- Oseltamivir — This active ingredient is found in the prescription drug Tamiflu, an antiviral medication which is prescribed to treat early cases of the flu. Oseltamivir prevents the spread of flu in the body. It can also be used to prevent flu, but is not a substitute for the flu shot.
- Zanamivir — This is a neuraminidase inhibitor and, like Oseltamivir, it works to stop the spread of flu in your body. It is an active ingredient in Relenza, a prescription antiviral medication that comes in powder form and is taken using a device similar to an inhaler.
- Peramivir — An injection of this substance can be used to treat flu in people who have had symptoms for less than two days. The injection typically lasts 15 – 30 minutes and is not a substitute for the flu shot.
Note: All of the above prescription drug treatments should only be used for patients who have had flu symptoms for less than two days. Some patients have experienced severe side effects, so be sure to consult your doctor if you are experiencing an adverse reaction after using one of these medications.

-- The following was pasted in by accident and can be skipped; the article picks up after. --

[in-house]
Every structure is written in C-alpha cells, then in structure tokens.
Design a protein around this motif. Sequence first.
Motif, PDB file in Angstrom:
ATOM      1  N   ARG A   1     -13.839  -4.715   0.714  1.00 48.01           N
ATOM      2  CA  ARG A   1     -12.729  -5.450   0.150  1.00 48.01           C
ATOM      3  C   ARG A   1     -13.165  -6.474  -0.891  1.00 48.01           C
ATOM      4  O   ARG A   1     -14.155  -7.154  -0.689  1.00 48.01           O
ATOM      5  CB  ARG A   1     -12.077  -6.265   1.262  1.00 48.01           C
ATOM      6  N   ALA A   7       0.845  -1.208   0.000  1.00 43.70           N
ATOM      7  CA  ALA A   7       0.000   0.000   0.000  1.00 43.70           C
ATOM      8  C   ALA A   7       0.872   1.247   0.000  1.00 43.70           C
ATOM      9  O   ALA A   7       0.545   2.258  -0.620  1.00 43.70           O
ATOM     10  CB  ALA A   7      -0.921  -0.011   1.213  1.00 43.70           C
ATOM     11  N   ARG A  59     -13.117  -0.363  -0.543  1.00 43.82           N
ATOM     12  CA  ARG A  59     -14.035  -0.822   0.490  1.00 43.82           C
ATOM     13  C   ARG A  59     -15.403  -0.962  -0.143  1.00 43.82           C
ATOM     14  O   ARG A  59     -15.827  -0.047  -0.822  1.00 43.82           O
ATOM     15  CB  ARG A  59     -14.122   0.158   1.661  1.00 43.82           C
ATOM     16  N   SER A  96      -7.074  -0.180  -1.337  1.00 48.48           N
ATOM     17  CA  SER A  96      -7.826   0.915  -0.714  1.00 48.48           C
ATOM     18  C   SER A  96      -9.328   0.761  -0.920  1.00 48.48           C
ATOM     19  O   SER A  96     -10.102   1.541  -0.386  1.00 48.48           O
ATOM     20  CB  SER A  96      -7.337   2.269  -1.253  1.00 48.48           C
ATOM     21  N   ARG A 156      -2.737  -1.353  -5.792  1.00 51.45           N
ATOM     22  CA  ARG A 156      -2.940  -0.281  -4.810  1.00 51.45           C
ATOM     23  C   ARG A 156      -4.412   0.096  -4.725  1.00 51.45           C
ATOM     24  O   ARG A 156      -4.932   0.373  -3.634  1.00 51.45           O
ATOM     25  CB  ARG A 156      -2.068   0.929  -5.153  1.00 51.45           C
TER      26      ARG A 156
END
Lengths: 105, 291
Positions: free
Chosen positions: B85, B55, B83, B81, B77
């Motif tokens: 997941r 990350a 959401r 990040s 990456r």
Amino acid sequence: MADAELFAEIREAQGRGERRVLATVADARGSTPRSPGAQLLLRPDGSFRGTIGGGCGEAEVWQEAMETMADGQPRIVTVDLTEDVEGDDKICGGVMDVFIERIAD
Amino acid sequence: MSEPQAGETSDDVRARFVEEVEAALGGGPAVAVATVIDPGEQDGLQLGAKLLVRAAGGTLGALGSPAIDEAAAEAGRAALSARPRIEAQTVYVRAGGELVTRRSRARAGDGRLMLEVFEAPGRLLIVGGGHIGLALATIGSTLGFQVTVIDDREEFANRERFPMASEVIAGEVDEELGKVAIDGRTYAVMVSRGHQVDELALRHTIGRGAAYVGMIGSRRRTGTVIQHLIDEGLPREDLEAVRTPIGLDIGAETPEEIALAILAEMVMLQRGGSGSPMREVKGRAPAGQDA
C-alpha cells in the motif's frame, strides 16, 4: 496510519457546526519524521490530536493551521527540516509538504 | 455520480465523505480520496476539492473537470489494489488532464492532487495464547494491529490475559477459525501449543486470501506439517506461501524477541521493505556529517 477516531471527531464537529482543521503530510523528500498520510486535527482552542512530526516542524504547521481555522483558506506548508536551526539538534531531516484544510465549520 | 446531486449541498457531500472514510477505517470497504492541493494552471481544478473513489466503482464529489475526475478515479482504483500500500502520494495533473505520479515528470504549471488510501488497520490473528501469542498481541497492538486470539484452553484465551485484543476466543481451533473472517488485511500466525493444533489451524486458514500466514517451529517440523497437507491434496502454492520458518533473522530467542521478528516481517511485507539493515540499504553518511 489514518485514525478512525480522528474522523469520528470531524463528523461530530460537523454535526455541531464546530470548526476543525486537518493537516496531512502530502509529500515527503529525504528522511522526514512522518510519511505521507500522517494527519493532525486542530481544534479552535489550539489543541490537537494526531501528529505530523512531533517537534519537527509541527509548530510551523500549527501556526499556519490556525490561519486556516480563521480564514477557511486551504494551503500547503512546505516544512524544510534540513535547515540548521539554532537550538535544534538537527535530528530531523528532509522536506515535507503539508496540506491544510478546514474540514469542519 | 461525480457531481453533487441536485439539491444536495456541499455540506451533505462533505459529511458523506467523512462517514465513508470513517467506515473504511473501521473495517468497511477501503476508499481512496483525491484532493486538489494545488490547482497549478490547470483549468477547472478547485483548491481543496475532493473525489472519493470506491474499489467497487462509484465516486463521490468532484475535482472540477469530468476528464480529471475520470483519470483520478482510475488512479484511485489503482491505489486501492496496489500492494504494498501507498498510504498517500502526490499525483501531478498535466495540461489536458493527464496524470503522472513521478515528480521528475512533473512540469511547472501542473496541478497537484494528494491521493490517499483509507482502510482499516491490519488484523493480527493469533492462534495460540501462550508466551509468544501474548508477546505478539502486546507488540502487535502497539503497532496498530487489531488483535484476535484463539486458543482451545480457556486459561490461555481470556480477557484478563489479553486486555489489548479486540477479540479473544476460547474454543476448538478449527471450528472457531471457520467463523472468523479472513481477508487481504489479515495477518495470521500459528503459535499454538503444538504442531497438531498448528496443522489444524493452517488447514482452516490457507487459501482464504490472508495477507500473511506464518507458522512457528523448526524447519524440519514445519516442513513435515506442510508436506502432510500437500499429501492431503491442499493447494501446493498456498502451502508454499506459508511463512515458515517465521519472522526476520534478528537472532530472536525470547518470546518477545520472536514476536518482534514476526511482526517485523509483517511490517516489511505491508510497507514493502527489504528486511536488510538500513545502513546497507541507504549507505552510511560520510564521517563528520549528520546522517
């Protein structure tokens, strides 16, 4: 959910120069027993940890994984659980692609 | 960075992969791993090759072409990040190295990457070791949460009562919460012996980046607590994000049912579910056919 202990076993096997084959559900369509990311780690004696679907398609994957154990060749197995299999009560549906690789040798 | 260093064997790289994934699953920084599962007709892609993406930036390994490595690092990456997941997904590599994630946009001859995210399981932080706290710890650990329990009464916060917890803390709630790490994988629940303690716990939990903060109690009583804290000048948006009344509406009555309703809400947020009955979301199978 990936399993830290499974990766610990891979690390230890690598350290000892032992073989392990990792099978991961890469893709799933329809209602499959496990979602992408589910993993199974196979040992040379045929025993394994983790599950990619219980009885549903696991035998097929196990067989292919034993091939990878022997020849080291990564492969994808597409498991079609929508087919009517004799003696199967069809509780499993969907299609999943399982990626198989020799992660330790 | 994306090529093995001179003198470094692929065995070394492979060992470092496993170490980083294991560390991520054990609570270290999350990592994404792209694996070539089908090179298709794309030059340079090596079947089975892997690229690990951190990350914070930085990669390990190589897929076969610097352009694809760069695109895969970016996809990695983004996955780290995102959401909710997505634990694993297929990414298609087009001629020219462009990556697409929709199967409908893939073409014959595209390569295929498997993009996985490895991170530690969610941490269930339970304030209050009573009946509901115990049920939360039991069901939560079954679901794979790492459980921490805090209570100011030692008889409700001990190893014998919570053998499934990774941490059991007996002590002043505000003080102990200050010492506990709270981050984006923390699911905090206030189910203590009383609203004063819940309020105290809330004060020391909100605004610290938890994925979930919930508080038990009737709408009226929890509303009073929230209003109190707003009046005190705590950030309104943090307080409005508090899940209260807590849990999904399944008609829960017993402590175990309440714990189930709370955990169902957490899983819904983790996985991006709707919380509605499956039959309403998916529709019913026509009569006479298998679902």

Should You See a Doctor about Your Flu?
Most flus will not require a visit to the doctor, and will improve on their own as long as you drink plenty of fluids and allow your body time to rest. If you are considered at-risk for flu complications, suspect you have a sinus infection, or if you believe your flu may have become pneumonia or bronchitis, visit your college health center or make an appointment to see your doctor as soon as possible! If you are experiencing dehydration and or are unable to hold down fluids, go to an Emergency Room.The flu shot is the most effective way to prevent flu, yet only 8-39% of college students are vaccinated each year.
The Best Treatment is Prevention
Your health is invaluable, especially during your college years. Good college health habits, like eating well and getting enough sleep, are some of your best defenses against common illnesses. During cold and flu season, you should also make a point to wash your hands often, and avoid contact with those already infected. There’s no hard-and-fast method of preventing the common cold, but flu prevention is simple: an annual flu shot is the best way to prevent the contraction of influenza. It’s likely that your campus health center offers flu shots — take advantage of this opportunity to safeguard your health! And if you’re ever in a bind, you can always return to this guide for tips about dealing with cold and flu.